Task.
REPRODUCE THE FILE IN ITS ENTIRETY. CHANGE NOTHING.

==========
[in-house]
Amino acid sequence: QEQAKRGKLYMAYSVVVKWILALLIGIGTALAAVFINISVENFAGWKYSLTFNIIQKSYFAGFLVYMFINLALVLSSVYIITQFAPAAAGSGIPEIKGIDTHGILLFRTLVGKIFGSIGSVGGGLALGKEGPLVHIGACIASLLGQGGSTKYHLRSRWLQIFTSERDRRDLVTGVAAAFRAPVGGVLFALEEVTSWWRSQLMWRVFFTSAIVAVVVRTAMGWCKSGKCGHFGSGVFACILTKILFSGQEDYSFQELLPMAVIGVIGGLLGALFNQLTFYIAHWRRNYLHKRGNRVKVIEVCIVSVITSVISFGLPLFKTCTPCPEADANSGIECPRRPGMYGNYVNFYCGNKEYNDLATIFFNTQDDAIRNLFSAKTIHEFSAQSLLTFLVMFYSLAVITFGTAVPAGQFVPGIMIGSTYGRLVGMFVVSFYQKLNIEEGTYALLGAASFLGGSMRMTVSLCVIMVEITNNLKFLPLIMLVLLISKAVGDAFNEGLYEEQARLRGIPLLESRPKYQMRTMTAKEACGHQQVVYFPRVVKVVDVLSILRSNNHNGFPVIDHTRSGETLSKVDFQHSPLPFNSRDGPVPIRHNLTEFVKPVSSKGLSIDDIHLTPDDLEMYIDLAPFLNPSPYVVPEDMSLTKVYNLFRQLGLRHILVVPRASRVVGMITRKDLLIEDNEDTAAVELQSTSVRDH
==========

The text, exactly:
[in-house]
Amino acid sequence: QEQAKRGKLYMAYSVVVKWILALLIGIGTALAAVFINISVENFAGWKYSLTFNIIQKSYFAGFLVYMFINLALVLSSVYIITQFAPAAAGSGIPEIKGIDTHGILLFRTLVGKIFGSIGSVGGGLALGKEGPLVHIGACIASLLGQGGSTKYHLRSRWLQIFTSERDRRDLVTGVAAAFRAPVGGVLFALEEVTSWWRSQLMWRVFFTSAIVAVVVRTAMGWCKSGKCGHFGSGVFACILTKILFSGQEDYSFQELLPMAVIGVIGGLLGALFNQLTFYIAHWRRNYLHKRGNRVKVIEVCIVSVITSVISFGLPLFKTCTPCPEADANSGIECPRRPGMYGNYVNFYCGNKEYNDLATIFFNTQDDAIRNLFSAKTIHEFSAQSLLTFLVMFYSLAVITFGTAVPAGQFVPGIMIGSTYGRLVGMFVVSFYQKLNIEEGTYALLGAASFLGGSMRMTVSLCVIMVEITNNLKFLPLIMLVLLISKAVGDAFNEGLYEEQARLRGIPLLESRPKYQMRTMTAKEACGHQQVVYFPRVVKVVDVLSILRSNNHNGFPVIDHTRSGETLSKVDFQHSPLPFNSRDGPVPIRHNLTEFVKPVSSKGLSIDDIHLTPDDLEMYIDLAPFLNPSPYVVPEDMSLTKVYNLFRQLGLRHILVVPRASRVVGMITRKDLLIEDNEDTAAVELQSTSVRDH